Summary and Info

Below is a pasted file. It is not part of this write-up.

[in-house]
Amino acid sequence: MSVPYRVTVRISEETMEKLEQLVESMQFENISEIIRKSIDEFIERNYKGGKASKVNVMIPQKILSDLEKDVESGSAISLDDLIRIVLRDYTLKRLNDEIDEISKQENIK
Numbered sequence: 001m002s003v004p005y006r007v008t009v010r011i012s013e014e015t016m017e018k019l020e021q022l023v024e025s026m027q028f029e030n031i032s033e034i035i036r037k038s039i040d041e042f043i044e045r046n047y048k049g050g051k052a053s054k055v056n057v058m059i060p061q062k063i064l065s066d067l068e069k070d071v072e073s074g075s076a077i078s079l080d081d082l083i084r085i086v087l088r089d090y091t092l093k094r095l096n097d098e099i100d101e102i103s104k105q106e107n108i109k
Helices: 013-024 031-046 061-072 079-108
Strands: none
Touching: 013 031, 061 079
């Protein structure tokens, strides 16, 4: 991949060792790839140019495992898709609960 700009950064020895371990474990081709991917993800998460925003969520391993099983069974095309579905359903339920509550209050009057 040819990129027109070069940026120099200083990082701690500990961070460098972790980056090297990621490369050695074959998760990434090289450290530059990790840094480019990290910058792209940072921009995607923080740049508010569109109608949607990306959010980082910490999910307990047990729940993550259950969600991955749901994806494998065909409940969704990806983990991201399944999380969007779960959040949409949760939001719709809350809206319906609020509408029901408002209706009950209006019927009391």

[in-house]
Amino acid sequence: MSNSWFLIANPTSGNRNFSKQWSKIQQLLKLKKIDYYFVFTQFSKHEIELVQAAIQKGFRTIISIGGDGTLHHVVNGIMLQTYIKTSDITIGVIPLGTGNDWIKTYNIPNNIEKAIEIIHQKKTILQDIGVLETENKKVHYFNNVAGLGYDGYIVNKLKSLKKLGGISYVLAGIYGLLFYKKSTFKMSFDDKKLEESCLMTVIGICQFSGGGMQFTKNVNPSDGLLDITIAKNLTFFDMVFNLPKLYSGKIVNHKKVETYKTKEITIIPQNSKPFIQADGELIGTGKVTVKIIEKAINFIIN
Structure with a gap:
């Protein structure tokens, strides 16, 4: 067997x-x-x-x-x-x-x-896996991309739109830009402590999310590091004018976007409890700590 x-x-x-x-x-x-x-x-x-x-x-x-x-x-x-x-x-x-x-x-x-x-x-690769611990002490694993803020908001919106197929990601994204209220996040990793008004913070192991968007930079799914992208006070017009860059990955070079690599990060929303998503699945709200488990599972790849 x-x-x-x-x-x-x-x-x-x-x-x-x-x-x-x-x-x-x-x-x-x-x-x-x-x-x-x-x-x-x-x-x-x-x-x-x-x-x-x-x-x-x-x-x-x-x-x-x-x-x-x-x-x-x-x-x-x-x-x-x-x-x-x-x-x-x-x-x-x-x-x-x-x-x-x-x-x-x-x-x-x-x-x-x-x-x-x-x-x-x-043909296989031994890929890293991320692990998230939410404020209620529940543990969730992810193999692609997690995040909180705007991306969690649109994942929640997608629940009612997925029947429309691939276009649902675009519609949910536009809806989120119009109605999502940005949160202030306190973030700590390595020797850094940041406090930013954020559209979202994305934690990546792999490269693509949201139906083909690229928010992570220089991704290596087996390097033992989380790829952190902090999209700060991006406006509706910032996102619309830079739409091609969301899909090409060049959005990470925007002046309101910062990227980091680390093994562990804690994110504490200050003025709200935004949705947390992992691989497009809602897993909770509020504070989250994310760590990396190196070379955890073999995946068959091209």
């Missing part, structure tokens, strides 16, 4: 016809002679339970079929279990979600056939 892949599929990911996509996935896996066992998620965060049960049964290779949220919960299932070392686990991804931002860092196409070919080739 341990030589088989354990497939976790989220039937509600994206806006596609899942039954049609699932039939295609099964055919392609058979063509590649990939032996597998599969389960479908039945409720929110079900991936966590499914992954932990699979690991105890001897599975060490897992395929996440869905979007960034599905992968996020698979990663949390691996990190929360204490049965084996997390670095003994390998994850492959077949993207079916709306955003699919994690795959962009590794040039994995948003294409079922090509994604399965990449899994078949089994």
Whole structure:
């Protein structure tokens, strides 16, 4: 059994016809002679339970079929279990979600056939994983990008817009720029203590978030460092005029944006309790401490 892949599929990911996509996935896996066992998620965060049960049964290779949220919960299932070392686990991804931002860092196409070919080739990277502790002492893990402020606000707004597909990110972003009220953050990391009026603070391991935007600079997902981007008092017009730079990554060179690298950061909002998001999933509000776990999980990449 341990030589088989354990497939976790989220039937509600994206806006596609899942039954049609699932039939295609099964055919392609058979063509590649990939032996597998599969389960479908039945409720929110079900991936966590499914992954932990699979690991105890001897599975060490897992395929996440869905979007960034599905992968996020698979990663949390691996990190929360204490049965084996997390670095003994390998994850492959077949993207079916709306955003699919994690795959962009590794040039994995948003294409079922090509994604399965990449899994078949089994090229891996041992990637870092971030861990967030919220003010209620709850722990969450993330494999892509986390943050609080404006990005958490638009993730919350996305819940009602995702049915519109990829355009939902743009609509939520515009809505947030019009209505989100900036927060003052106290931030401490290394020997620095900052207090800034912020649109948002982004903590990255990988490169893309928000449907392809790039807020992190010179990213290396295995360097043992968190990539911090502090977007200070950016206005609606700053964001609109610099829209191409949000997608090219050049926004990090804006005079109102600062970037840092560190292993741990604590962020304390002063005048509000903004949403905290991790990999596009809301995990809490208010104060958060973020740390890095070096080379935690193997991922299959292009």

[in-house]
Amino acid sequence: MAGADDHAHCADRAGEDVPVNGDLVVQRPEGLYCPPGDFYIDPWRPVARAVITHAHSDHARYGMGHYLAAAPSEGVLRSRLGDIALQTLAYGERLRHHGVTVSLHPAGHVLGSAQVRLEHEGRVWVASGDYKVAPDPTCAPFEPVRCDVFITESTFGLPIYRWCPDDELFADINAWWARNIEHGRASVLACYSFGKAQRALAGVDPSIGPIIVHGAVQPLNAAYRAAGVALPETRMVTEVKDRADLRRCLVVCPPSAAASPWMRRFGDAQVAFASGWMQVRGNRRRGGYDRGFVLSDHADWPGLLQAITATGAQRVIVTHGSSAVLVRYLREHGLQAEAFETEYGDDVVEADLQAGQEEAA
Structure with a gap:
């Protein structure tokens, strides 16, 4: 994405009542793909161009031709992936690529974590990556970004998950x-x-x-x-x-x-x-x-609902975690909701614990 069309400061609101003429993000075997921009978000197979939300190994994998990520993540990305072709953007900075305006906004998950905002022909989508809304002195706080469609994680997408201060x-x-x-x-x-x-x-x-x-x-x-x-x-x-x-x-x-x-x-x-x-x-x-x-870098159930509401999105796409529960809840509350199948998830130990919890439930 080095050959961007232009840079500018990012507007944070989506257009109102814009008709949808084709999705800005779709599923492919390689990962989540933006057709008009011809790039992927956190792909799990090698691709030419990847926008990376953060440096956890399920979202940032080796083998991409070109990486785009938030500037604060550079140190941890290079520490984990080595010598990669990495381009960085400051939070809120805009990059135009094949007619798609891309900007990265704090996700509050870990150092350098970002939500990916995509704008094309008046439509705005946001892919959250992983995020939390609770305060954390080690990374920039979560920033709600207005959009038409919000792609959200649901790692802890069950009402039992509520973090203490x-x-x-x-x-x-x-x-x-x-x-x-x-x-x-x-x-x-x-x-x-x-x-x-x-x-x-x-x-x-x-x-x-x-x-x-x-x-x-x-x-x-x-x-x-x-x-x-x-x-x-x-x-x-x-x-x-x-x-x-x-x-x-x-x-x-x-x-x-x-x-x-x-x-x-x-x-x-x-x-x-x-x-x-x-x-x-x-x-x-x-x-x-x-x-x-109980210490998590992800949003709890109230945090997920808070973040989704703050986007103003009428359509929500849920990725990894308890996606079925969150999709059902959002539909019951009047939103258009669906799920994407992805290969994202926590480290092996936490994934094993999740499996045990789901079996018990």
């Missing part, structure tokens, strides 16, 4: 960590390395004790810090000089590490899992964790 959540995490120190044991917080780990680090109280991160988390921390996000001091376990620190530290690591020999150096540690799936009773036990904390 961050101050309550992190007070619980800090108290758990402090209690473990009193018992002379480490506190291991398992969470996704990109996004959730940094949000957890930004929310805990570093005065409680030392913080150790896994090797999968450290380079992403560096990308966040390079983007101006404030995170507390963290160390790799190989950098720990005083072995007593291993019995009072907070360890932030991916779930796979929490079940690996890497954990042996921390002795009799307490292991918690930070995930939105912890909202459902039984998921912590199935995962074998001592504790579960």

Advances in computers and biotechnology have had an immense impact on the biomedical fields, with broad consequences for humanity. Correspondingly, new areas of probability and statistics are being developed specifically to meet the needs of this area. There is now a necessity for a text that introduces probability and statistics in the bioinformatics context. This book also describes some of the main statistical applications in the field, including BLAST, gene finding, and evolutionary inference, much of which has not yet been summarized in an introductory textbook format. This book grew out of a need to teach bioinformatics to graduate students at the University of Pennsylvania. At the same time however, it is organized to appeal to a wider audience. In particular it should appeal to any biologist or computer scientist who wants to know more about the statistical methods of the field, as well as to a trained statistician who wishes to become involved in bioinformatics. The earlier chapters introduce the concepts of probability and statistics at an elementary level, and will be accessible to students who have only had introductory calculus and linear algebra. Later chapters are immediately accessible to the trained statistician. Only a basic understanding of biological concepts is assumed, and all concepts are explained when used or can be understood from the context. Several chapters contain material independent of that in other chapters, so that the reader interested in certain areas can proceed directly to those areas. Warren Ewens is Professor of Biology at the University of Pennsylvania. He is the author of two books, Population Genetics and Mathematical Population Genetics, and has served on the editorial boards of Theoretical Population Biology, GENETICS, Proceeding of the Royal Society B and SIAM Journal in Mathematical Biology. He was recently awarded the Gold Medal of the Australian Statistical Society and elected as Fellow of the Royal Society. His research interests are in evolutionary population genetics, linkage analysis for human diseases, and bioinformatics. Gregory Grant is a bioinformatics researcher at the University of Pennsylvania in the Computational Biology and Informatics Laboratory (CBIL), where he has been since 1998. In 1995 he received a Ph.D. in Mathematics from the University of Maryland and in 1999 a Masters in Computer Science from the University of Pennsylvania. His research interests are in bioinformatics in general and in particular in the statistical analysis of gene expression data and significance testing methods for IBD-mapping.